Publisher’s Weekly Starred Review:

“In Haslett’s excellent first novel (following Pulitzer and National Book Award finalist short story collection You Are Not a Stranger Here), a titan of the banking industry does battle with a surprisingly formidable opponent: a retired history teacher…high school senior Nate Fuller, who visits Charlotte for tutoring and Doug for awkward and lopsided sexual encounters, finds himself with the power to upset the legal and cultural war game. Haslett’s novel is smart and carefully constructed, and his characters are brilliantly flawed. (Charlotte’s emerging instability is especially heartbreaking.) Navigates the oubliette of Wall Street trading to create searing and intimate drama.”


Elle Magazine Review:

“The social, cultural, personal, and professional pornographies that Haslett explores—including war, greed, illicit relations, sexism, and suicide— are laid out with a forensic formality through which startling passages of lyric precision and picturesqueness frequently emerge…Union Atlantic is a bleak, brazen, beauty of a book.”


Louisville Courier-Journal Profile


Publisher’s Weekly Profile


The Guardian Arts Section

“At the Frankfurt book fair, this year’s hot read is a first novel by American Adam Haslett, author of the award-winning collection of short stories You Are Not a Stranger Here. ‘It’s a kind of parable for our time,’ reports our Frankfurt spy. ‘I think it could become a defining book.'”


For You Are Not a Stranger Here

New York Times Book Review, (front cover) Craig Seligman

“You should buy this book, you should read it, and you should admire it as much as I do. There’s not a clinker in the group, and this consistency, along with the maturity and the austerity and the exceptional tact of the writing, gives every indication that unless something goes radically haywire, ”You Are Not a Stranger Here” is the herald of a phenomenal career.” Read more…


New York Times, Michiko Kakutani

“Adam Haslett, the author of this debut collection of stories, possesses a rich assortment of literary gifts: an instinctive empathy for his characters and an ability to map their inner lives in startling detail; a knack for graceful, evocative prose; and a determination to trace the hidden arithmetic of relationships — between fathers and sons, sisters and brothers, lovers and friends.” Read more…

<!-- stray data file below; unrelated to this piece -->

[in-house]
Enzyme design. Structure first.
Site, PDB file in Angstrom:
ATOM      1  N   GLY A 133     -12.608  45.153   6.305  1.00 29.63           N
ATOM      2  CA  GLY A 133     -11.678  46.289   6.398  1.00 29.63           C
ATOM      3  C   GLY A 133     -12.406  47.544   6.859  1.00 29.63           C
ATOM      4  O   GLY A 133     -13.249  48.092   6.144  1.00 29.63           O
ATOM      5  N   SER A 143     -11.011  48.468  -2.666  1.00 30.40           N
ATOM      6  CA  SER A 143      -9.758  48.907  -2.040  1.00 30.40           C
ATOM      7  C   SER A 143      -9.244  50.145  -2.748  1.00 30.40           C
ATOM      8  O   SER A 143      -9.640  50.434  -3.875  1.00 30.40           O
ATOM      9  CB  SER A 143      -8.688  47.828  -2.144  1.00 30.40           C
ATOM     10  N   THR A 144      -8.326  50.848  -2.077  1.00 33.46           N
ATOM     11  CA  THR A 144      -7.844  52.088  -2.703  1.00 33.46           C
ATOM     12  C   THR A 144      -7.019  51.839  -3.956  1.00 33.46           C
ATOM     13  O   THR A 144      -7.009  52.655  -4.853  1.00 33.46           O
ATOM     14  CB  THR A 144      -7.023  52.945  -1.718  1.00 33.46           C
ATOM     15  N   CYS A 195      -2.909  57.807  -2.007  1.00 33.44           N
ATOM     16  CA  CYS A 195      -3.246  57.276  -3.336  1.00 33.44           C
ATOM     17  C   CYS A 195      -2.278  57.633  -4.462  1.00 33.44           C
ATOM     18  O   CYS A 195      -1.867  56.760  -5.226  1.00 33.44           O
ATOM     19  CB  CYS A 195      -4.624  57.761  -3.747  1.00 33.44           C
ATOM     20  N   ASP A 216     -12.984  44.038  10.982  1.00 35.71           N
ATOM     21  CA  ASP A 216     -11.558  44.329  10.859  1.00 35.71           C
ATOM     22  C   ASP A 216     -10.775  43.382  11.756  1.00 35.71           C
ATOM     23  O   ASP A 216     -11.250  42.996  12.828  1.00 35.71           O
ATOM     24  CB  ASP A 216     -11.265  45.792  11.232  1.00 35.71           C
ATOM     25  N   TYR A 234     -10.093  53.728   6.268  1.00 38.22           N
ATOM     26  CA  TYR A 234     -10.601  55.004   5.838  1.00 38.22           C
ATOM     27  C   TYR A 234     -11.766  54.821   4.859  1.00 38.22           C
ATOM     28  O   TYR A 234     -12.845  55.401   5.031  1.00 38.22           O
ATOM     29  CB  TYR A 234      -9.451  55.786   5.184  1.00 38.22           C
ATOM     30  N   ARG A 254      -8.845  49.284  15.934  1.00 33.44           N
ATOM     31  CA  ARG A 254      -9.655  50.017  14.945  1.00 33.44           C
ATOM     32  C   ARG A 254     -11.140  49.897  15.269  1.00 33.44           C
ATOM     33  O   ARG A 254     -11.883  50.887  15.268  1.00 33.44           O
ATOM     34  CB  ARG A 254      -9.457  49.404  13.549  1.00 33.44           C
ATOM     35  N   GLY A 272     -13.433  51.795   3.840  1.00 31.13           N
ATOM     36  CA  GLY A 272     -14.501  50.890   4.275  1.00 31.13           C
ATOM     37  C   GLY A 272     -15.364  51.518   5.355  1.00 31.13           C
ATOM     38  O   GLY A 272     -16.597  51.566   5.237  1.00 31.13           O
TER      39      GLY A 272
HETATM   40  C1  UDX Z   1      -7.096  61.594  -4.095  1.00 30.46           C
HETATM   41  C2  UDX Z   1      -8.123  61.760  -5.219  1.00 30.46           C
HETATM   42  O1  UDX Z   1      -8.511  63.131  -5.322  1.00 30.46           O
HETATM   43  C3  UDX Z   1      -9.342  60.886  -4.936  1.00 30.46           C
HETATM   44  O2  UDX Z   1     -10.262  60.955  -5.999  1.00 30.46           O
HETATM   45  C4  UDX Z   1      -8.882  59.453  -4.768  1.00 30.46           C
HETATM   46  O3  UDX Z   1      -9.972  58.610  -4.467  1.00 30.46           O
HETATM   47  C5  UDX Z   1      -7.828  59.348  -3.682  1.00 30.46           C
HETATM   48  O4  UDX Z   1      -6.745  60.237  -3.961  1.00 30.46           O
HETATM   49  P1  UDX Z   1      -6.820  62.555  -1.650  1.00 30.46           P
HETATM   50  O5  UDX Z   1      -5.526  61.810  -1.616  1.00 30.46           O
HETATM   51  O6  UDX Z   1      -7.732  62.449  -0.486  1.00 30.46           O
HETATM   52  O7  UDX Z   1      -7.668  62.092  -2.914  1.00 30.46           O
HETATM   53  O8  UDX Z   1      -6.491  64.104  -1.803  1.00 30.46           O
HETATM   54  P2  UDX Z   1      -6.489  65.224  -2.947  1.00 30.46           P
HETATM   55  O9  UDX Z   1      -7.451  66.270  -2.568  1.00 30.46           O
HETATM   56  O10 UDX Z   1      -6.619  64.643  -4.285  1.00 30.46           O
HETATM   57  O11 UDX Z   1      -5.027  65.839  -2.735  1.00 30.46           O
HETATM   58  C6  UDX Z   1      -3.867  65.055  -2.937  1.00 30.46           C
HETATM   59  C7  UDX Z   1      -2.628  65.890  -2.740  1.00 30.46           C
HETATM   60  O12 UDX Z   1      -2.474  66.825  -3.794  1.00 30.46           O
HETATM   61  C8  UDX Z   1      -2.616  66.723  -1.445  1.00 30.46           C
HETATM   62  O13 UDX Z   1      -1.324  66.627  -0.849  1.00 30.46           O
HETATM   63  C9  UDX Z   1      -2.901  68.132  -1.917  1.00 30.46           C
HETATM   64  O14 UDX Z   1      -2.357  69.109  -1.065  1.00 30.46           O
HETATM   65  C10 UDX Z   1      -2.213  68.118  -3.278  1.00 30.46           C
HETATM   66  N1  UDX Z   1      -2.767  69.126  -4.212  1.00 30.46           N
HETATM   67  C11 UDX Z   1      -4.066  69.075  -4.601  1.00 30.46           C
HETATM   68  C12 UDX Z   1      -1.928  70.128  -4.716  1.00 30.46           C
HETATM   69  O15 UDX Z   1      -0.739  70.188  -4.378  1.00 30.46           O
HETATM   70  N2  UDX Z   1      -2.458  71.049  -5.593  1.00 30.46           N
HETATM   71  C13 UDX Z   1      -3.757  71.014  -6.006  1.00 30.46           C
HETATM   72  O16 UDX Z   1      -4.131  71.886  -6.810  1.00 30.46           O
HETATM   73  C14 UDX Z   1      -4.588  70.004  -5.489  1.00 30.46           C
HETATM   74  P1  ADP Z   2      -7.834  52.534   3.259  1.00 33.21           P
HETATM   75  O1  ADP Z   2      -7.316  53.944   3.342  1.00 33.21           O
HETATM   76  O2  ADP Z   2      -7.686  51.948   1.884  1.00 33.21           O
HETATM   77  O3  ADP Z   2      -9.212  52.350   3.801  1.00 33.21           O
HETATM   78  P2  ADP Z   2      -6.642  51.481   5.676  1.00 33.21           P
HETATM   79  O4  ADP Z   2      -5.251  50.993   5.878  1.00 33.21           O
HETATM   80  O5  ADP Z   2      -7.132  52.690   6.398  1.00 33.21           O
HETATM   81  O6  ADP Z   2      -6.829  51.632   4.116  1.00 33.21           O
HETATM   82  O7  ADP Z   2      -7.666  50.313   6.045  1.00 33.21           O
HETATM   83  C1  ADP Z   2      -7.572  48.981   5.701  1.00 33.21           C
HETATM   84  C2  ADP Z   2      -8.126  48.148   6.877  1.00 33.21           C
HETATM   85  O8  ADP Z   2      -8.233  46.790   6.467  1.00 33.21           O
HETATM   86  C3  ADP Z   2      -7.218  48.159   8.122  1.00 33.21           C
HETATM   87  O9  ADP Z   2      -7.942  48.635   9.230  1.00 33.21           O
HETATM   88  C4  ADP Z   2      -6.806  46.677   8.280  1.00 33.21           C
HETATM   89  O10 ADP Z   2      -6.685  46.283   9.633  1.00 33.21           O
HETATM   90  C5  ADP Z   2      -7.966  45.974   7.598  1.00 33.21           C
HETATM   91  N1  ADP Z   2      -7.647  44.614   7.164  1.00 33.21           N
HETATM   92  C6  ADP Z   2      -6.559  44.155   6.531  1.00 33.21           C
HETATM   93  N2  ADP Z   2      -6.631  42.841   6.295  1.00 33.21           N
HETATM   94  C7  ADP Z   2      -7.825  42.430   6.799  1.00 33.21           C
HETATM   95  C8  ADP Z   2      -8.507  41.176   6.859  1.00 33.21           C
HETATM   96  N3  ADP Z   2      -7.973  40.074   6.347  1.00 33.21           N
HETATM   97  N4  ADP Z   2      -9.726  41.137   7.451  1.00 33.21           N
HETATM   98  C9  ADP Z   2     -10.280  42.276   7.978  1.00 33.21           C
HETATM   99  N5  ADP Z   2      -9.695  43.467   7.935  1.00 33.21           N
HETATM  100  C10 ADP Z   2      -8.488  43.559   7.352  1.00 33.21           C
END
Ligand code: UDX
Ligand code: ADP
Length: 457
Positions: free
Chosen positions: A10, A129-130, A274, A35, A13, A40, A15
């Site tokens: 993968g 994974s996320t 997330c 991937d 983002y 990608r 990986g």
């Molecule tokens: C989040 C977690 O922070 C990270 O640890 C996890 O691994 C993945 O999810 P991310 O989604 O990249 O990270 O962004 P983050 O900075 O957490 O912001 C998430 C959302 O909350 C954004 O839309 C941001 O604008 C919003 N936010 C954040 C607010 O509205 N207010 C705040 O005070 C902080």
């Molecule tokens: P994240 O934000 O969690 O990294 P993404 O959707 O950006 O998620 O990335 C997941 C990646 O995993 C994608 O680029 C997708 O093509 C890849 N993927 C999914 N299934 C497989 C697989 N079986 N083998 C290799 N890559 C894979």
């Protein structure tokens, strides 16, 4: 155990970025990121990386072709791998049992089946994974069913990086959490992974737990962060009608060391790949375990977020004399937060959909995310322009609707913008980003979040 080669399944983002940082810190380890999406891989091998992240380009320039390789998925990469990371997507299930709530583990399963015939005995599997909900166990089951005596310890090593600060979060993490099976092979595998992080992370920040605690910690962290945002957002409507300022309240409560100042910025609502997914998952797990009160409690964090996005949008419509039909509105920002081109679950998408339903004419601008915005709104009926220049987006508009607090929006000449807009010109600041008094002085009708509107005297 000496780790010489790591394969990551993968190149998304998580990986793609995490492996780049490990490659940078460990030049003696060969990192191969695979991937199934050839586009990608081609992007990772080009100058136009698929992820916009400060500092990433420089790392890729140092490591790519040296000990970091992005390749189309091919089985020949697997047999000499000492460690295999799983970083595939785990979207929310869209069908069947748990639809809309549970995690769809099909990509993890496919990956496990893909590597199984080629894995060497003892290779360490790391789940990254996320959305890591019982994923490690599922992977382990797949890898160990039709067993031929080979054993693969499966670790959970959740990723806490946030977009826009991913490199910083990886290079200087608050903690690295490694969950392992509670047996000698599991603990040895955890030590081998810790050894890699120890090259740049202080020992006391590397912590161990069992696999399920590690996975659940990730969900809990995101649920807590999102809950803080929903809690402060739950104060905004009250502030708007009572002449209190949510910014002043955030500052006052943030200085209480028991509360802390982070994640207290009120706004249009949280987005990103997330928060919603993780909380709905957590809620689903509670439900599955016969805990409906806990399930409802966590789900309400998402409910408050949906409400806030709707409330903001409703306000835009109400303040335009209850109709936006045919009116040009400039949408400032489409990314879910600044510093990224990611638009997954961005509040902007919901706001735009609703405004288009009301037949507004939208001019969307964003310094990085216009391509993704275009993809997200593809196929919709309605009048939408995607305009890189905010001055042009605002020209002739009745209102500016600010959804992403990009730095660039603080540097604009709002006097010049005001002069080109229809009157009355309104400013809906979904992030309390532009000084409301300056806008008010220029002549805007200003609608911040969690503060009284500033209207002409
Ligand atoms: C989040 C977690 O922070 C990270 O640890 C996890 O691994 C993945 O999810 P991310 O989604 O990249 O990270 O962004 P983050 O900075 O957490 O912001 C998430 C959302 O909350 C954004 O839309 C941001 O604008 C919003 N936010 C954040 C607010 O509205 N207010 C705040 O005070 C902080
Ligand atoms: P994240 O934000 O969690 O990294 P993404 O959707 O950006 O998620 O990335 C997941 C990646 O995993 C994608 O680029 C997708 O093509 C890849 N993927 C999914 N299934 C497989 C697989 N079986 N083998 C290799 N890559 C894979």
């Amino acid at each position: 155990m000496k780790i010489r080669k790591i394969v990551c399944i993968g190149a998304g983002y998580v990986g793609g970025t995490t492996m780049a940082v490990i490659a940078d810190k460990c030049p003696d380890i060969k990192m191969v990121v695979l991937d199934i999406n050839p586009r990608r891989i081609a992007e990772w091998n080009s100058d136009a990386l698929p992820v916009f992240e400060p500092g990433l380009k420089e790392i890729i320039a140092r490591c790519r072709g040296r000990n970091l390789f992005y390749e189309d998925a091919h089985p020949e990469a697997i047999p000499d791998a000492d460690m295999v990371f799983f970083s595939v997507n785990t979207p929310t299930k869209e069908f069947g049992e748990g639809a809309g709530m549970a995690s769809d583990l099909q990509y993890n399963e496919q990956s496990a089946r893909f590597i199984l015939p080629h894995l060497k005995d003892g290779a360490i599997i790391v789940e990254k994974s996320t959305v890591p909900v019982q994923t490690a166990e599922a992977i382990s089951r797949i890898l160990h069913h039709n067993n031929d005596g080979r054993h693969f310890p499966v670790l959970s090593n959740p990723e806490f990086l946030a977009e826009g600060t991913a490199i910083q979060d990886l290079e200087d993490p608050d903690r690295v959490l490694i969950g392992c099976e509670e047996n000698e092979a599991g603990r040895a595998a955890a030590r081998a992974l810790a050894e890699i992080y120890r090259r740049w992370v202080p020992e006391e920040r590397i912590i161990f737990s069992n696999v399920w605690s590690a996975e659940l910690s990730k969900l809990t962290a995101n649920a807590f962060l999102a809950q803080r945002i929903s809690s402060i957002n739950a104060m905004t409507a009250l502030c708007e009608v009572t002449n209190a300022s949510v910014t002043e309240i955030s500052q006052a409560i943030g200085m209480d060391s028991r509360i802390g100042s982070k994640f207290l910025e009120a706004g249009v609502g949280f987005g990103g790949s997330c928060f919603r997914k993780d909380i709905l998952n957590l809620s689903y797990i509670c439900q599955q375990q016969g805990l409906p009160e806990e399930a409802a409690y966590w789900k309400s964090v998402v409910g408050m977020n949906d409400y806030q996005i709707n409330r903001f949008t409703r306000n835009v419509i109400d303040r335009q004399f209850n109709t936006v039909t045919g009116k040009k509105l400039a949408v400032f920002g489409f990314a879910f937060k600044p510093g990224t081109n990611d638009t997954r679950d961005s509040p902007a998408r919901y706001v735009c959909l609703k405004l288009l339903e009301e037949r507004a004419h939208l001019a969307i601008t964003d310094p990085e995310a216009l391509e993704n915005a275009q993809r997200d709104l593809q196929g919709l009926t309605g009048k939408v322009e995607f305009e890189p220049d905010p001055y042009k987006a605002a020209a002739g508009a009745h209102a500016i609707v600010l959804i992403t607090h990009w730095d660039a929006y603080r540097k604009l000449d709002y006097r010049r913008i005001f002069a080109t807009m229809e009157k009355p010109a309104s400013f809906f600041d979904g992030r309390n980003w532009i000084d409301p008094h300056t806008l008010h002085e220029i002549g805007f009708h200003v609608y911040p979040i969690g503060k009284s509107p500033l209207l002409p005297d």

Time Magazine

“A debut collection of nine beautifully fashioned short stories, many about people who are mentally troubled and helpless to escape themselves. Haslett’s characters are often people who suffer in a terrible subdepartment of hell — they feel their own minds are gaining on them — but he makes their pain graspable, their confusions lucid. Is his book a downer? Only if a first rate young writer bursting out of the box can’t make you smile.” Read more…


The Boston Globe, (arts section front cover) Gail Caldwell

Adam Haslett’s debut stories are almost frighteningly tender, because they take the worst sort of losses and make of them a footpath to human connection. With its economy and requisite mystery, the short story can lend itself to mannered darkness: Think of Richard Yates’s damaged men, or the combat-weary narrators (with or without a war) of Thom Jones and Denis Johnson. As with a solar eclipse, plot is best perceived peripherally, gathering force by hint or implication rather than by what already is. Haslett seems to grasp intuitively these age-old tenets, for this collection displays an order as natural as a tree branch in winter – lithe and achingly austere.”